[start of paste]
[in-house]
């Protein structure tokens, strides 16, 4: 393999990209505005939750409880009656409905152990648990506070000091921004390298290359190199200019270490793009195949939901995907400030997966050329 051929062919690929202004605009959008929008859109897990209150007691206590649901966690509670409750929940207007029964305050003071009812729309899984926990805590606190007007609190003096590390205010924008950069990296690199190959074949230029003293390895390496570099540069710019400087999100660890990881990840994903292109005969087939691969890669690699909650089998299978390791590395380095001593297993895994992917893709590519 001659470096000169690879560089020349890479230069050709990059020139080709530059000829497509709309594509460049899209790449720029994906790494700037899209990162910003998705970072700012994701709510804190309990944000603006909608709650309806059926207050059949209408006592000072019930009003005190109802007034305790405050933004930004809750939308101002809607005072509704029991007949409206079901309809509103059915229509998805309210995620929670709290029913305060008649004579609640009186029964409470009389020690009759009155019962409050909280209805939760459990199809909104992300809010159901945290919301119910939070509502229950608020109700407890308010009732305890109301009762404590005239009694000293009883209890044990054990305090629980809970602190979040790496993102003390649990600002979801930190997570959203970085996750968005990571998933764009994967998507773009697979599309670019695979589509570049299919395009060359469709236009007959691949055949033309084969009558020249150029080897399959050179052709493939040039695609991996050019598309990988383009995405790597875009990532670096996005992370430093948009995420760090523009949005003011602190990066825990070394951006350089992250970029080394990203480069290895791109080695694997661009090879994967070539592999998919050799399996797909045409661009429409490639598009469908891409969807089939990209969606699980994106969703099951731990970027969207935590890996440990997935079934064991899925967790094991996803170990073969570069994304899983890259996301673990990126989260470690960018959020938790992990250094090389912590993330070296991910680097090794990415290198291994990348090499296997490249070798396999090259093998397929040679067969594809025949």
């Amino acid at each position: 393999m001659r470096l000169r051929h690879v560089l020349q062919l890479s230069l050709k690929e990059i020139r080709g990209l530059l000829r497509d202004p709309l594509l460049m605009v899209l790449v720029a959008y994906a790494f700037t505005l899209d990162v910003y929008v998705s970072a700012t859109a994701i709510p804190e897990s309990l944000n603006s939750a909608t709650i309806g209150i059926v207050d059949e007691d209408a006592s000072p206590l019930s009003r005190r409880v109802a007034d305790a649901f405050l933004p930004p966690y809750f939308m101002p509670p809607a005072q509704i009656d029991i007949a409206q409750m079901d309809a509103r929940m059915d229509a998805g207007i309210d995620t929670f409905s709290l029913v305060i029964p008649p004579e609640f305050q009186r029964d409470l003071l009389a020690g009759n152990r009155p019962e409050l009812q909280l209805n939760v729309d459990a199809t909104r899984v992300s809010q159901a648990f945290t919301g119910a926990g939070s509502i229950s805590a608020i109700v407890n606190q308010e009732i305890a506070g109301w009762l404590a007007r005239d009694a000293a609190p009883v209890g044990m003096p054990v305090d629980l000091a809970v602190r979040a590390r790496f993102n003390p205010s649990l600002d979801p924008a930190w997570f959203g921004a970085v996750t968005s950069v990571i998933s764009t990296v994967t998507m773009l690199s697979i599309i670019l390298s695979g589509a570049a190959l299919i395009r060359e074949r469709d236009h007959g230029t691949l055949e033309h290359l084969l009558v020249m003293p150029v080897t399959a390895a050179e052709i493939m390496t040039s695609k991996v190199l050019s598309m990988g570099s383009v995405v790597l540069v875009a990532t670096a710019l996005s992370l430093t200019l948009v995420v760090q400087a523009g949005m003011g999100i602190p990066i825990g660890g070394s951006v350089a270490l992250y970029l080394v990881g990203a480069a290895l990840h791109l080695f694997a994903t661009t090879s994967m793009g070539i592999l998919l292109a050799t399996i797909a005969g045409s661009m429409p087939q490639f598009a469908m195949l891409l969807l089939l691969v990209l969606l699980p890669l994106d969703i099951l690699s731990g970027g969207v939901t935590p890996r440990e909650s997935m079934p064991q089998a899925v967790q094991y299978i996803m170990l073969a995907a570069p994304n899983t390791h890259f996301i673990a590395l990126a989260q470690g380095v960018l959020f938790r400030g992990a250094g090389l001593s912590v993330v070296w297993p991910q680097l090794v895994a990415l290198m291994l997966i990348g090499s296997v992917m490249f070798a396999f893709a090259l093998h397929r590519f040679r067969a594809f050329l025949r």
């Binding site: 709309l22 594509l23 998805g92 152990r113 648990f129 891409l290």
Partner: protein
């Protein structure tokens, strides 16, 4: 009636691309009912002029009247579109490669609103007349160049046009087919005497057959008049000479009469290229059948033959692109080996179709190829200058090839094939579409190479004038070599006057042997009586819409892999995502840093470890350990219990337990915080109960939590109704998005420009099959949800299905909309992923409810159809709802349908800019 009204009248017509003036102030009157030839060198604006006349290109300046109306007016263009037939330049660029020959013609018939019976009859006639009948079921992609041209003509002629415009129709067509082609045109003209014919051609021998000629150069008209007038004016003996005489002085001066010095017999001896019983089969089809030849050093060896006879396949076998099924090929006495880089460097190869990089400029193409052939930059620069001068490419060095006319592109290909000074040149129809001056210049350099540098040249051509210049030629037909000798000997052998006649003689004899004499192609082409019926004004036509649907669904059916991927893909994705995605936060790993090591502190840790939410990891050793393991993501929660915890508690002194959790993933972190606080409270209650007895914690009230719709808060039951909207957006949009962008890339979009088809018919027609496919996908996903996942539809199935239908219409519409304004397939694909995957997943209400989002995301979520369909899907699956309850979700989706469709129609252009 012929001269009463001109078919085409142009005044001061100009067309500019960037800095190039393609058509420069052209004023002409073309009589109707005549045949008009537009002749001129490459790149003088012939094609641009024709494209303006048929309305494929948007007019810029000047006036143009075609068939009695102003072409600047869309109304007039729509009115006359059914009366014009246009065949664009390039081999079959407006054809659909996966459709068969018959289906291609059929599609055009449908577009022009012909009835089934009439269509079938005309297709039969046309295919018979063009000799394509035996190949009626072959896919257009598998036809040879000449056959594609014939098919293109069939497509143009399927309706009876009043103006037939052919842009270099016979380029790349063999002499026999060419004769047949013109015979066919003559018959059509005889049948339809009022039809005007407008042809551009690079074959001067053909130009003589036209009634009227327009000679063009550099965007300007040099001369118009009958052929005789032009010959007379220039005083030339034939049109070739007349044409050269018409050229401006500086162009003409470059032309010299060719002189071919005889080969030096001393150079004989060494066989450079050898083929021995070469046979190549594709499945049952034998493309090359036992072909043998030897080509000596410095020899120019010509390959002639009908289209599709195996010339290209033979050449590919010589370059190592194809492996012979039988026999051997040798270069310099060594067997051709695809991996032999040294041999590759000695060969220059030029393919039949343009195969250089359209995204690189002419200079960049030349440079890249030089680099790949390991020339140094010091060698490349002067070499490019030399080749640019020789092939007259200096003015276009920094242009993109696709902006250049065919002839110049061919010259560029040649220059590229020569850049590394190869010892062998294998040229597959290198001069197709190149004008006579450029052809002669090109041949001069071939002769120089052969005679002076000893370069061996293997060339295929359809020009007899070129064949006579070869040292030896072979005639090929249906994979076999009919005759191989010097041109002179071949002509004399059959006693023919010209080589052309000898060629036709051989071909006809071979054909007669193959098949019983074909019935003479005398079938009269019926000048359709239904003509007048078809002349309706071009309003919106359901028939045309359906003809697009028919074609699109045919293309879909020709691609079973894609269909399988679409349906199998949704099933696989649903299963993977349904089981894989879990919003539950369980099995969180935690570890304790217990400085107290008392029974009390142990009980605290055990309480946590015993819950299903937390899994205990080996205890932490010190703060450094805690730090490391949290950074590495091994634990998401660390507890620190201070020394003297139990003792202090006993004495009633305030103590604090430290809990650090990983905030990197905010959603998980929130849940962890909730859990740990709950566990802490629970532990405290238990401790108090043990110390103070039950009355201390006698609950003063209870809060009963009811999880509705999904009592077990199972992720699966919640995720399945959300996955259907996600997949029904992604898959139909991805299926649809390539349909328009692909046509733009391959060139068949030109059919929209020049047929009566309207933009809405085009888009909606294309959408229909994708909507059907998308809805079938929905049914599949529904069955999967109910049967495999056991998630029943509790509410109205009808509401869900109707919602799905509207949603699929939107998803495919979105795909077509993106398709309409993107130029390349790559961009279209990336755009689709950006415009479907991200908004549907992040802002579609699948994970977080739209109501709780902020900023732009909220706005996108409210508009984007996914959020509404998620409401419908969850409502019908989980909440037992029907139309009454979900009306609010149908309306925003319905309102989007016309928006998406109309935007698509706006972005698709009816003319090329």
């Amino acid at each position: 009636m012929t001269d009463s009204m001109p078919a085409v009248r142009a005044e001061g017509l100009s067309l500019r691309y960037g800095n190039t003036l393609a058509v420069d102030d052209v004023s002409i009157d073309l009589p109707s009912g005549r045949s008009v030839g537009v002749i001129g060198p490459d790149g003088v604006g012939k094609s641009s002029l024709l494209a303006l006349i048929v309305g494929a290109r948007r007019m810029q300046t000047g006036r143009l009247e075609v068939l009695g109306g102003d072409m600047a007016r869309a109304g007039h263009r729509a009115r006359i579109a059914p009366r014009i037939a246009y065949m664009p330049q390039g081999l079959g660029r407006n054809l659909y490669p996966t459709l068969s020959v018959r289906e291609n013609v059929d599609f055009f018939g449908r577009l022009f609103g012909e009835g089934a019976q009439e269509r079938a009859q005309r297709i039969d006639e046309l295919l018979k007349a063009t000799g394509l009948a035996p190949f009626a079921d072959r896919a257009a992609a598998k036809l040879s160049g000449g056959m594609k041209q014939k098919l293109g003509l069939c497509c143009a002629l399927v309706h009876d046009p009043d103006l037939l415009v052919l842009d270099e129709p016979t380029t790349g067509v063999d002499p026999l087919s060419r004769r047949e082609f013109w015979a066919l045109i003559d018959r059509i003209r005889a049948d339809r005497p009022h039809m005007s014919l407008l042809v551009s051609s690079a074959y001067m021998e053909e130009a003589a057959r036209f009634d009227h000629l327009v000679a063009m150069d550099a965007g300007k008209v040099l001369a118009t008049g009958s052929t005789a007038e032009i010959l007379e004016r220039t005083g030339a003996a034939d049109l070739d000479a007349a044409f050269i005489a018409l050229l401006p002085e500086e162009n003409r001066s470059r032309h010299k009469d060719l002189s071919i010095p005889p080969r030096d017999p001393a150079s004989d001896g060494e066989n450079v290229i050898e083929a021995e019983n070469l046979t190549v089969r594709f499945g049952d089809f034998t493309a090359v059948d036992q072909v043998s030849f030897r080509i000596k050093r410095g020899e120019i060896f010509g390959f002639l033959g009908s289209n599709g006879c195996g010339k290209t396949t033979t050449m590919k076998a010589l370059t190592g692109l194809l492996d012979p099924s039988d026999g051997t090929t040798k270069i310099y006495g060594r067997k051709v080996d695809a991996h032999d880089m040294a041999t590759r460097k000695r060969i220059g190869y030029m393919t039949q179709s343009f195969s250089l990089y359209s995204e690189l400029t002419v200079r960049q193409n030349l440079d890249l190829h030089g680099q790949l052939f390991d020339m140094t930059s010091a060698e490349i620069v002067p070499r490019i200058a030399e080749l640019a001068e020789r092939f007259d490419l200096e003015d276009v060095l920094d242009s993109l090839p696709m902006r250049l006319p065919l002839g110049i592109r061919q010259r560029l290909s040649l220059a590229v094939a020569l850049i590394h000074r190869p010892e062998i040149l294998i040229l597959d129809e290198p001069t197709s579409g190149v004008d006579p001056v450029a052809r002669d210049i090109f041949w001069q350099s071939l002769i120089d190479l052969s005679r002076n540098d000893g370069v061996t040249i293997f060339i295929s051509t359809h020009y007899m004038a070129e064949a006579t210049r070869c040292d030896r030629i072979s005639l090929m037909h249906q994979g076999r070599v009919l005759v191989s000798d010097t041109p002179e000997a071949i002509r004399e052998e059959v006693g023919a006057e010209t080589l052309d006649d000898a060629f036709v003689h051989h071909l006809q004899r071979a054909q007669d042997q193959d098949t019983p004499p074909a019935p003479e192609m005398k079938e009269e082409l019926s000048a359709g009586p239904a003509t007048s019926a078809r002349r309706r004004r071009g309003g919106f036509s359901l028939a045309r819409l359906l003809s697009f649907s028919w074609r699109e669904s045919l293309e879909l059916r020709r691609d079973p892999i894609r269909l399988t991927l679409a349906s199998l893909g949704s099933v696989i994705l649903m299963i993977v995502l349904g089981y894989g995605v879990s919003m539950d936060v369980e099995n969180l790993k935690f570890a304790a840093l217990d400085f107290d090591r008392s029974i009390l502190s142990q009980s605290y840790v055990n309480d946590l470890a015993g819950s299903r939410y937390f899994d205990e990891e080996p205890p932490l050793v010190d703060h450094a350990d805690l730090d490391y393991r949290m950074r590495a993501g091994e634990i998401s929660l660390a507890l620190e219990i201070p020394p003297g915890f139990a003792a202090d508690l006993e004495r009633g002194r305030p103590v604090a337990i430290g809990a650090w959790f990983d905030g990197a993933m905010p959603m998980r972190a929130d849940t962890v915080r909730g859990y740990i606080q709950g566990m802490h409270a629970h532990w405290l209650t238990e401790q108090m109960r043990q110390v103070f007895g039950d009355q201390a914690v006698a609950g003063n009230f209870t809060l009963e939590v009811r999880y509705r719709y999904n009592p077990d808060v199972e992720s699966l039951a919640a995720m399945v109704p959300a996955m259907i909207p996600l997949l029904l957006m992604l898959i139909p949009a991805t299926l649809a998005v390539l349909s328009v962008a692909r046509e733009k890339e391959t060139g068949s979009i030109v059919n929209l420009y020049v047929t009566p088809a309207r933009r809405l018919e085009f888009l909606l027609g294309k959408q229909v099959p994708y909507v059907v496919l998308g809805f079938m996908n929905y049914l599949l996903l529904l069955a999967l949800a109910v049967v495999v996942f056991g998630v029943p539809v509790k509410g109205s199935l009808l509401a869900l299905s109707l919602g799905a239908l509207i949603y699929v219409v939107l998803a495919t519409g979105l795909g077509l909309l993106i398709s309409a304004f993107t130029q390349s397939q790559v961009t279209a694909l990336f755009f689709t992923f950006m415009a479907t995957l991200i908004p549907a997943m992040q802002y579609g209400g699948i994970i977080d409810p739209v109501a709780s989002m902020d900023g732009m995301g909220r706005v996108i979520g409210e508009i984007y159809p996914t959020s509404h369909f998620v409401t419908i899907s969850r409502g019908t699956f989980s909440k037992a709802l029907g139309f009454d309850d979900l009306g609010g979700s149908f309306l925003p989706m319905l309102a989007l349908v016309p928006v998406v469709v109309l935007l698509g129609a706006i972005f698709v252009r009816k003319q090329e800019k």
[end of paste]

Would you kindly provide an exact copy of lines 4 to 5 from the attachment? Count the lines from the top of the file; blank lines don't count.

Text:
């Binding site: 709309l22 594509l23 998805g92 152990r113 648990f129 891409l290």
Partner: protein